Laws of Motion
Retrospects and Reflections| Entry № 1
“Science is a way of thinking much more than it is a body of knowledge.” –Carl Sagan
Science has always fascinated humanity since the beginning of time. This fascination propelled people to make use of her beauty to think, to create, and to elevate science even more. Many of us believe that this body of knowledge has satisfied millions of questions raised by humankind. Moreover, what makes science a fascinating field is her paradoxical nature — that no matter how much science tries to answer humankind’s questions, humanity will never run out of curiosity. Yet, we sometimes put this paradoxical nature of science into our peripheral perspectives. We settle with answers; we forget that what drives science to fuel her way is our never-ending curiosity.
My 3-month relationship with Xavier Learning Community (XLC) has been a “scientific” experience. I have asked countless “whys” and “hows,” hypothesized, experimented, and interpreted results. Anyhow, maybe not in the most scientific sense, I can associate my volunteer experience to Newton’s three laws of motion.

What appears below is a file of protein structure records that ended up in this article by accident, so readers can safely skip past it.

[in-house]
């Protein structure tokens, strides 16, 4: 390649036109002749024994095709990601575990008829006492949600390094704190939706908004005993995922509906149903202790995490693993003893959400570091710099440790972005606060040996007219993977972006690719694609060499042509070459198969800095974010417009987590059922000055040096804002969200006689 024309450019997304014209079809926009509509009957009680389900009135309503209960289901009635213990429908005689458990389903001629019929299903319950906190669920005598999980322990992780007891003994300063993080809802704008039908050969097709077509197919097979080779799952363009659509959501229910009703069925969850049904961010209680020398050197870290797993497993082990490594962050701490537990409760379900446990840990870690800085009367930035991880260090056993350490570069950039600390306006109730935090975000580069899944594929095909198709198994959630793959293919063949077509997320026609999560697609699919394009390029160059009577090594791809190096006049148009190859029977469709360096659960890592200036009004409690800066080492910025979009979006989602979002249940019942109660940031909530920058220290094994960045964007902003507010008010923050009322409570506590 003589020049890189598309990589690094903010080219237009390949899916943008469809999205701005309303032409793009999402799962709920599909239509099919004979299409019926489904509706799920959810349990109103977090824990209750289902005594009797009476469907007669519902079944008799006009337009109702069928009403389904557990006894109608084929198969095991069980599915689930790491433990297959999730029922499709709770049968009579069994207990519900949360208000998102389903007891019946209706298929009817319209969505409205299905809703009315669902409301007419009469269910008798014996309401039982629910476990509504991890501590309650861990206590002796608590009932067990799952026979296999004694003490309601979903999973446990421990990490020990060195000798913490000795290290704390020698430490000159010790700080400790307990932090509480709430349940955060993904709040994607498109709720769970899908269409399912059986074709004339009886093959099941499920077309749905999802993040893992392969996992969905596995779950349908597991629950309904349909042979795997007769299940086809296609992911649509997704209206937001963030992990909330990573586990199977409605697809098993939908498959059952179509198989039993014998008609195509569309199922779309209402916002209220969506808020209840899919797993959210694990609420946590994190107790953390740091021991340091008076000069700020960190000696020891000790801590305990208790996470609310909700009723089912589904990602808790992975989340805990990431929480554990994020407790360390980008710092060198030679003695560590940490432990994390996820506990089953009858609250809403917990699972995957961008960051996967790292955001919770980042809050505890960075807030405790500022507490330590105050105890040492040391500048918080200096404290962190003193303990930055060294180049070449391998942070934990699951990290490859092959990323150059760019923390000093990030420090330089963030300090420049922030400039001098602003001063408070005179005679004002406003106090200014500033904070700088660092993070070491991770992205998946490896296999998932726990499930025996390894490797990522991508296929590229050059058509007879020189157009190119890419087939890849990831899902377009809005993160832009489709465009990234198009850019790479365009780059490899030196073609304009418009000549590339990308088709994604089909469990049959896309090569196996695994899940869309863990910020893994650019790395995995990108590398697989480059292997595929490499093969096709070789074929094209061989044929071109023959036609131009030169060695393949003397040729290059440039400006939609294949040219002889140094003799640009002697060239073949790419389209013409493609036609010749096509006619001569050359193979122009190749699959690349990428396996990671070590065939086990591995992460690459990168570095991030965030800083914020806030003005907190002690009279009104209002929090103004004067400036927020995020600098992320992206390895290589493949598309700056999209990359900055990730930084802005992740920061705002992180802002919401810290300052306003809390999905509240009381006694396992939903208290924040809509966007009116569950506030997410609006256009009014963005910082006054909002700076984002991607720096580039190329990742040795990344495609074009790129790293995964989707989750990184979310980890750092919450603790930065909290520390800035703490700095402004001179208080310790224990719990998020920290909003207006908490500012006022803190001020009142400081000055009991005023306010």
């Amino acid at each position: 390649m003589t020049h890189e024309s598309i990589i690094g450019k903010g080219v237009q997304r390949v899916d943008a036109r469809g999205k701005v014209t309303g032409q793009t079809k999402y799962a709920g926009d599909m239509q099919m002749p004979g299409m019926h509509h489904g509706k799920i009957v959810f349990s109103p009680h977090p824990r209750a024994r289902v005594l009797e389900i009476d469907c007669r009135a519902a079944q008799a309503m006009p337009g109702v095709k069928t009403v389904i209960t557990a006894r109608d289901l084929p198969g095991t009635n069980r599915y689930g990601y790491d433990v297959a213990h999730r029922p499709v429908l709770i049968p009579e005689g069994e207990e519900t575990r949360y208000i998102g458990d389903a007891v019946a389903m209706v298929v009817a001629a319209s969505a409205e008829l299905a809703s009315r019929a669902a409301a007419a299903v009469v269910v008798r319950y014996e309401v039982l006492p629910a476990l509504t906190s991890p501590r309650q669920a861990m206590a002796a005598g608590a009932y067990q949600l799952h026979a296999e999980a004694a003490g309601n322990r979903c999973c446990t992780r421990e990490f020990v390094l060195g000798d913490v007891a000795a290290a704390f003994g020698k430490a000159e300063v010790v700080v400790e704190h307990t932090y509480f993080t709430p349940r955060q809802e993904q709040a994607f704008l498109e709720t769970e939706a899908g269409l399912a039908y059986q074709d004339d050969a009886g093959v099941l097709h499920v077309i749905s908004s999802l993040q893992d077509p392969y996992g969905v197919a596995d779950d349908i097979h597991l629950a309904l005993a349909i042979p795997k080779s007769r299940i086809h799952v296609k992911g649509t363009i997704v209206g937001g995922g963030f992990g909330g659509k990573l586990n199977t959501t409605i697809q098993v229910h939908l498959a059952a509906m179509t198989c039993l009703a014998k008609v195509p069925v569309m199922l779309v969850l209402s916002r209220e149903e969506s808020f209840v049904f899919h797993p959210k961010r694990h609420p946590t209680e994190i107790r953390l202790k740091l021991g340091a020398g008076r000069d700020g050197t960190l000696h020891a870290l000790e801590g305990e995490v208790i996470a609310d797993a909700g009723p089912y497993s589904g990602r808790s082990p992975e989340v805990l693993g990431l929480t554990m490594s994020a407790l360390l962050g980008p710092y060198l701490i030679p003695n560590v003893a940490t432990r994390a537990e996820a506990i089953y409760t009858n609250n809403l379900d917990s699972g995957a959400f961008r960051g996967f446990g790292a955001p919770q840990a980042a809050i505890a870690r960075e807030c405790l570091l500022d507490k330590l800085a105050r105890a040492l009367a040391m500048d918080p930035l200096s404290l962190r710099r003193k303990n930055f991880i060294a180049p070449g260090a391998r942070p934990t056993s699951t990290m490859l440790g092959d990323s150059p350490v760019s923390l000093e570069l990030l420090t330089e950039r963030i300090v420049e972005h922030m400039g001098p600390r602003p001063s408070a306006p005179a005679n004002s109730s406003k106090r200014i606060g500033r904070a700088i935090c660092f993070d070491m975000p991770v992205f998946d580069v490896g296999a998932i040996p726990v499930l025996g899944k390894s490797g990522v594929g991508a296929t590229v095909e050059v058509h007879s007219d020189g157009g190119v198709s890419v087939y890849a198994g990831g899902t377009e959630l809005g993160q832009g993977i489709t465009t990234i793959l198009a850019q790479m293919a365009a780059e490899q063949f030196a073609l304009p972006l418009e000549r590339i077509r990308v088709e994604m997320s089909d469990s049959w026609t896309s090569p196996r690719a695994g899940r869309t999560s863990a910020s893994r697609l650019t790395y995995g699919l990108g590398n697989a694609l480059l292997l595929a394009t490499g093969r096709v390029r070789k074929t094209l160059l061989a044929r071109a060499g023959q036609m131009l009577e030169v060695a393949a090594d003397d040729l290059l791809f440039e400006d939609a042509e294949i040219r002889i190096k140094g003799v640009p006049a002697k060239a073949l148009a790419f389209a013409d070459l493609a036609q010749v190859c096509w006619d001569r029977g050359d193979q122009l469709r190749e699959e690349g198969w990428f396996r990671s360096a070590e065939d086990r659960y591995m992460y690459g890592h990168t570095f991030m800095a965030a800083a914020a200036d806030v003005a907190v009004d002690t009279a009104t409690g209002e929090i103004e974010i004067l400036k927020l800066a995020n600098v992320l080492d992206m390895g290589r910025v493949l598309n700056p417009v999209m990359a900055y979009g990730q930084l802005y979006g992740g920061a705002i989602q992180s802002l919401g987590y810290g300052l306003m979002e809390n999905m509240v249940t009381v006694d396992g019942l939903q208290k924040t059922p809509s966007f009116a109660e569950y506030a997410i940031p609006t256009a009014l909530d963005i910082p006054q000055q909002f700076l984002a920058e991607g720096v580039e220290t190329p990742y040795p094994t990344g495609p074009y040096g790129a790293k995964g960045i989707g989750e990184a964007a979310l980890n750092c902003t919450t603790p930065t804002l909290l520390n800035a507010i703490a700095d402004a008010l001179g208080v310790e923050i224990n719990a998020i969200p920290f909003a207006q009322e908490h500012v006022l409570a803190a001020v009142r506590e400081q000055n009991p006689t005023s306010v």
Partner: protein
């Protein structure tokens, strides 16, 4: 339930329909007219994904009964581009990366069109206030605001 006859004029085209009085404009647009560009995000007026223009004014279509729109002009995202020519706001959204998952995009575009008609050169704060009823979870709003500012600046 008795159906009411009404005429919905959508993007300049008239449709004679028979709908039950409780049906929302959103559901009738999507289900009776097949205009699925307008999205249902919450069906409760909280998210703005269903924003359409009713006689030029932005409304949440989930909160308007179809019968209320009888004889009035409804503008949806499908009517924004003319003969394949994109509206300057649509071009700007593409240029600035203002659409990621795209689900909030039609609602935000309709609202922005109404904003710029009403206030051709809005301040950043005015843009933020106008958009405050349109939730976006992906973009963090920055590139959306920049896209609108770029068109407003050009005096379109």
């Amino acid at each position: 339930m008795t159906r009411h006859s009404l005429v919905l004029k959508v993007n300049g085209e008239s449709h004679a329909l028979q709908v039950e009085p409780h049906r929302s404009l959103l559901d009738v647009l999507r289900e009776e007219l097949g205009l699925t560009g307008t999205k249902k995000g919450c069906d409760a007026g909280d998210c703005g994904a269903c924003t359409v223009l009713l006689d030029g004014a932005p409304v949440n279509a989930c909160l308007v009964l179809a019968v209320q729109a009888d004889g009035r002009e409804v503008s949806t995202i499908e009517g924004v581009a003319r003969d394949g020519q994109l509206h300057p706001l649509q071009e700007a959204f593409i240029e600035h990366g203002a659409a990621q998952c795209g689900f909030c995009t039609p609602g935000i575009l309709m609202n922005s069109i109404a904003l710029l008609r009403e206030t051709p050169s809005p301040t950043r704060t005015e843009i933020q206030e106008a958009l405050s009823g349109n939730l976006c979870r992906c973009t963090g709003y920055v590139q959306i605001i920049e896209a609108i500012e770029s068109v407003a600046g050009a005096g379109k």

“The First Law: Every object will remain at rest or in uniform motion in a straight line unless compelled to change its state by the action of an external force.”
The gloomy weather of one Saturday morning in March 2018 provided saturation to what I was feeling that time. The steadiness of my career already seemed to be unsettling.
That time, it felt that I was travelling on a long straight road in a constant speed, seeing nothing in front of me but the eternal horizon. Seven years of teaching in Davao, I thought, already feels so monotonous. I felt I needed to stop or to change my direction. I felt I needed to regain my enthusiasm, my burning passion in teaching.
Then, that very morning, I received a text message, which provided an overwhelming surprise to my seven-year long journey. The message said: Are you willing to become a volunteer in Chiang Rai, Thailand? Right then and there, I told myself that that was what I needed.